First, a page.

Well, you don’t have to pay yourself. Usually companies buy tables. The fashion label would then accept desired celebrities. The cost has gone up this year, as it does every few years due to rising costs, with an individual ticket now costing $50,000 and tables starting at $300,000.

This year there will be about 400 guests – as in previous years, but still less than before the pandemic, a maximum of 500-600 people. Wintour and her team still approve of every guest.

Are you trying to predict? Get out a pen and write down a few of your favorite names, the louder the better. Newly minted Oscar winners, for example, are a good bet. Broadway is a particular favorite of Wintour. She also loves tennis – this isn’t Federer’s first Met Gala. Now cross everyone off your list except for the very top. At this gala concert, everyone is on the list of the best.

Not really. Ask Tina Fey. She went there in 2010 and later described walking around trying to find someone “normal” to sit and talk to. It ended up being Barbara Walters.

You can watch the whole carpet unfold on live Vogue. If you’re in New York, you can also join fans across the street, behind the barricades, on Fifth Avenue, or even further east in Madison. Timothée Chalamet has been known to greet fans.

It’s a secret. But reports do slip out, often about who won’t show up and why. You can look forward to the appearance of various celebrity Chanel ambassadors.

Upon entering the museum, guests walk past what is usually an impossibly huge floral arrangement in the lobby, where perhaps an orchestra is playing nearby, and move on to cocktails. Or they are heading to an exhibition. Cocktails are served between 6pm and 8pm, but the most famous ones – or those planning to make the biggest entrance – sometimes arrive (fashionably) later.

Around 8 p.m., guests are called in for dinner, possibly by a bugler team (“Are they going to do this between every meal?” actor Gary Oldman once asked aloud).

Sometimes someone says no. Fey, in a comic tirade to David Letterman in 2015, described the gala as a “jerk parade” and said it featured everyone you’d ever want to punch if you had millions of hands. Amy Schumer left in early 2016 and later said she felt uncomfortable and that it was “punishment”.

the wrong Schumer returned in 2017. And then again last year.

Hey, it’s the Met Gala.


AI is getting better at mind reading



Think of the words swirling around in your head: that tasteless joke you wisely kept quiet at dinner; your unspoken impression of your best friend’s new partner. Now imagine that someone can overhear you.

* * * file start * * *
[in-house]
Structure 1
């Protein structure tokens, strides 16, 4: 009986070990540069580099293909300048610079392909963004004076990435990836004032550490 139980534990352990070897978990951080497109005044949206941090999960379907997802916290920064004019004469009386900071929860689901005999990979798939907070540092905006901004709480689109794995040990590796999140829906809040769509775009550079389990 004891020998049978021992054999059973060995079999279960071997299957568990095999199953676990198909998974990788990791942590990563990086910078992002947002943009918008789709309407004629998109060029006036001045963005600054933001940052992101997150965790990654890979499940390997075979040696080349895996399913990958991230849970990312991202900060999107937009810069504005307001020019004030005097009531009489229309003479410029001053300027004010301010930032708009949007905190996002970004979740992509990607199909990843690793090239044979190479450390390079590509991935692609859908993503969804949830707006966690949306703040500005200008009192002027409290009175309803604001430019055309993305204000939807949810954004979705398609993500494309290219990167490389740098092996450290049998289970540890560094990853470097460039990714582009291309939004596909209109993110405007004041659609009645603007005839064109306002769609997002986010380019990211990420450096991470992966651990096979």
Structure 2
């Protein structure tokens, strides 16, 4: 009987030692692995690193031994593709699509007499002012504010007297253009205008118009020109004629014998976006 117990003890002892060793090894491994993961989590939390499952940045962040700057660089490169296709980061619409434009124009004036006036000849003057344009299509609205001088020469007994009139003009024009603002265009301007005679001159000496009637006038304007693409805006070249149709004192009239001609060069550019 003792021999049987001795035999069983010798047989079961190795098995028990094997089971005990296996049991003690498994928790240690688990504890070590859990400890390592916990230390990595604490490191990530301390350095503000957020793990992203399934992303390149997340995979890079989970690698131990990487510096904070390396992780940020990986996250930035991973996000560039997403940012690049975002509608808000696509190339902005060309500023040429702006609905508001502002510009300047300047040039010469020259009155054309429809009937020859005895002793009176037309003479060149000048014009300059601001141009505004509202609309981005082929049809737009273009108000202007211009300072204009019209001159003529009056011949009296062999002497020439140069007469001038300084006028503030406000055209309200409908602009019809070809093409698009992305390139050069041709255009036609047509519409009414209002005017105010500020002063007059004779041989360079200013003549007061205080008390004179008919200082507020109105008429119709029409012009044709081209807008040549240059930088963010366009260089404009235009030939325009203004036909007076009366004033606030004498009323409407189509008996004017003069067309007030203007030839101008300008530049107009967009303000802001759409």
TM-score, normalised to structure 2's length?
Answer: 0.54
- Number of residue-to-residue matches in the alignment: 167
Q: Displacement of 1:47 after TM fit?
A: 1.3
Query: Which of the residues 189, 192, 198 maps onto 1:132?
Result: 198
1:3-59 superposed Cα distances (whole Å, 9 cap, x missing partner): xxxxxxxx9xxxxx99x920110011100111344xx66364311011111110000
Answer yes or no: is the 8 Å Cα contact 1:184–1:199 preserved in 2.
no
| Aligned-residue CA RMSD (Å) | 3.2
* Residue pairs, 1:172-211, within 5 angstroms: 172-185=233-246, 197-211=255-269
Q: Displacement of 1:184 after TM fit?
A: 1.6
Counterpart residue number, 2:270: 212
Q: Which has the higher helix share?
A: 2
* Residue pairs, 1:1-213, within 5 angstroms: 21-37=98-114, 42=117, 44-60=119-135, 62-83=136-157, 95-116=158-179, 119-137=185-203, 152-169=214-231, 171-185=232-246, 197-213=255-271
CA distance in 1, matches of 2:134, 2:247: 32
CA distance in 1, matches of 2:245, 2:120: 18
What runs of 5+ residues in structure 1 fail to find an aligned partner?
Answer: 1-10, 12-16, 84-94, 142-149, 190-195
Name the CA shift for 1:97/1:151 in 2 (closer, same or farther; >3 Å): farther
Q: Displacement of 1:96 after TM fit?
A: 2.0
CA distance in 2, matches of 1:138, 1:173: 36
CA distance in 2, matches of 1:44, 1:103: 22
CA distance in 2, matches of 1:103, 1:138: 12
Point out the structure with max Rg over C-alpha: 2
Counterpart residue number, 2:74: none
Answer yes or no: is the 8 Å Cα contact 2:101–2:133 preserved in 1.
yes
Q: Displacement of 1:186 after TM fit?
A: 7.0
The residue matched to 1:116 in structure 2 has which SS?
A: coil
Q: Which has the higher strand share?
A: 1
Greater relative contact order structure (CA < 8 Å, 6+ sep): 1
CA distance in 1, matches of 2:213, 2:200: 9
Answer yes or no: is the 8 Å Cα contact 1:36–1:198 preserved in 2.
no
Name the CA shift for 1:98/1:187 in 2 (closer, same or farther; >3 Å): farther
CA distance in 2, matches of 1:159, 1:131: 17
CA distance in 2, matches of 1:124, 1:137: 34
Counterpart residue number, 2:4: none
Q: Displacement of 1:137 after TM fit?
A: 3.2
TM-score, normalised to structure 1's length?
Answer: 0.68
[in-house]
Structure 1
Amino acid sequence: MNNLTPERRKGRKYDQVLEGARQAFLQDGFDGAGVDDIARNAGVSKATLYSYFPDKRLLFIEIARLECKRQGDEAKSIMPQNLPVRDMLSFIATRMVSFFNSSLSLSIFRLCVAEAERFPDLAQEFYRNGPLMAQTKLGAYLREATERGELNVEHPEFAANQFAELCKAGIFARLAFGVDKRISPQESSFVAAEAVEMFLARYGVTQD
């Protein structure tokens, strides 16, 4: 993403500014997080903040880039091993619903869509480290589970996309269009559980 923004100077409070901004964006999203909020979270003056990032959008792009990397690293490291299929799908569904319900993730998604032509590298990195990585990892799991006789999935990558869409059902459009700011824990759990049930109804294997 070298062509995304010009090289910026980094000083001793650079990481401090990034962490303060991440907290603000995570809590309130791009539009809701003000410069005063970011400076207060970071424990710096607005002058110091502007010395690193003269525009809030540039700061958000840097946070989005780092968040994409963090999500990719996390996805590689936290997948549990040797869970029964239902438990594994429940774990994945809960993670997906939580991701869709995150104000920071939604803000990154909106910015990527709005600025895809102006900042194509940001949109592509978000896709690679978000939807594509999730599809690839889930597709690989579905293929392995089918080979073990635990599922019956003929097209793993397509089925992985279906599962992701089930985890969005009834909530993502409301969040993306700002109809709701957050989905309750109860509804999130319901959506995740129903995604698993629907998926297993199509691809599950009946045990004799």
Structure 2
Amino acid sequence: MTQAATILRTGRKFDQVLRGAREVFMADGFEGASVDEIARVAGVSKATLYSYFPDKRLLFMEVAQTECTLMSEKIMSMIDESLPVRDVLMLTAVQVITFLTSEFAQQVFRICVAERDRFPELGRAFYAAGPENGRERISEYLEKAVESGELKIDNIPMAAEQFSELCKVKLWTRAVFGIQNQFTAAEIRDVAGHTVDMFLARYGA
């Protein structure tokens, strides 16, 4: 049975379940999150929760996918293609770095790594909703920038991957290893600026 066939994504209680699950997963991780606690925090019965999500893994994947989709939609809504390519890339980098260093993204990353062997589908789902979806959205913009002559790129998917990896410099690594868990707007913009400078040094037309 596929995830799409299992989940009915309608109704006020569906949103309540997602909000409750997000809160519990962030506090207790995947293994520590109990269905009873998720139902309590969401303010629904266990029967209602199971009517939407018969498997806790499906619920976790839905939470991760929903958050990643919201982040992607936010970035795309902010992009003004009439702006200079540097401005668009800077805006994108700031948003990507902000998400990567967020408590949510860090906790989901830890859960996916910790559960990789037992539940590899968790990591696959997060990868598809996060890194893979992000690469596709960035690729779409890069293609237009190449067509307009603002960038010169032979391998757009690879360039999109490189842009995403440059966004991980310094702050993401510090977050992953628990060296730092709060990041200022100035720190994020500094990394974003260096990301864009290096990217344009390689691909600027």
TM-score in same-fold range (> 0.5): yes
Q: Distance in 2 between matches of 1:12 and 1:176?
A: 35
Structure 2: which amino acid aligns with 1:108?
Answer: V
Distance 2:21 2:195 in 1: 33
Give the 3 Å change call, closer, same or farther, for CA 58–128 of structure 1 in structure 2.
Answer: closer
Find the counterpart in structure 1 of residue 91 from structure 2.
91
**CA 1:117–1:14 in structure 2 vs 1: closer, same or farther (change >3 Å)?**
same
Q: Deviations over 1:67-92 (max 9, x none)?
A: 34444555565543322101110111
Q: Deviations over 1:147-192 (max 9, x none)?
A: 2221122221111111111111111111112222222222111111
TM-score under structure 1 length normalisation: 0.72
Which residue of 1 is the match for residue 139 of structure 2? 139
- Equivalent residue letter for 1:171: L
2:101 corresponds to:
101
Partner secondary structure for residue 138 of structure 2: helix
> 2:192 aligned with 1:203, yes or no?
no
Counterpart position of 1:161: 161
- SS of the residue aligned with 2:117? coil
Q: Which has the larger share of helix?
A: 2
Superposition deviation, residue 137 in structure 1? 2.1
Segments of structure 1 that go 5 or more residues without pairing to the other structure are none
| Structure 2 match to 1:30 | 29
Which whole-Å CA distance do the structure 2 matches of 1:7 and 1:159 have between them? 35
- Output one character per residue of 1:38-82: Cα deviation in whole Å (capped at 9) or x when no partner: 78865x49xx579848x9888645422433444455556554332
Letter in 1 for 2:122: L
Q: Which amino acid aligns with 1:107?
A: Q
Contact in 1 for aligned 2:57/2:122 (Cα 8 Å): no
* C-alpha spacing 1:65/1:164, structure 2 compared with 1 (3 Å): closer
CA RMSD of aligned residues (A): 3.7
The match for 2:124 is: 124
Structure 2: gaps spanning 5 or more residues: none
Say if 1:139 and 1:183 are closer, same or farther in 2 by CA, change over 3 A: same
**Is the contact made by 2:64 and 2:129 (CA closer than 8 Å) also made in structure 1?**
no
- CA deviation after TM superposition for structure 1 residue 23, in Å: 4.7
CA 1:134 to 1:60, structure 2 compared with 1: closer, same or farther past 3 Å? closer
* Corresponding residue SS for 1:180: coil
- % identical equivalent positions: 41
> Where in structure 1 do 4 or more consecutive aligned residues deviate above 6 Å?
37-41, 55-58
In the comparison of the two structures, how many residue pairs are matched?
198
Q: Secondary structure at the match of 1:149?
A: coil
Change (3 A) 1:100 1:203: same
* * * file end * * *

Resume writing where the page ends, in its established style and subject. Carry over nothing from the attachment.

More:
On Monday, scientists from the University of Texas at Austin took another step in that direction. In a study published in the journal Nature NeuroscienceThe researchers described an AI that could translate people’s private thoughts by analyzing fMRI scans that measure blood flow to different areas of the brain.

Researchers have already developed language decoding methods for pick up speech attempt people who have lost the ability to speak, and to allow paralyzed people to write while thinking about writing. But the new language decoder is one of the first to not rely on implants. In the study, he was able to turn a person’s imaginary speech into real speech, and when subjects were shown silent films, he was able to generate relatively accurate descriptions of what was happening on the screen.

“It’s not just a language stimulus,” said Alexander Hut, a neuroscientist at the university who helped lead the study. “We are approaching the meaning, the idea of ​​what is happening. And the fact that it’s possible is very exciting.”

The study focused on three participants who contacted Dr. Huth Labs for 16 hours over several days to listen to The Moth and other narrative podcasts. As they listened, the fMRI scanner recorded blood oxygenation levels in parts of their brains. The researchers then used a large language model to match the patterns of brain activity to the words and phrases the participants heard.

Large language models such as OpenAI’s GPT-4 and Google’s Bard are trained on a large number of texts to predict the next word in a sentence or phrase. In the process, the models create maps showing how words relate to each other. Several years ago Dr. Hut noticed that individual pieces of these maps—so-called context embeddings that capture semantic features or phrase meanings—can be used to predict how the brain will fire in response to language.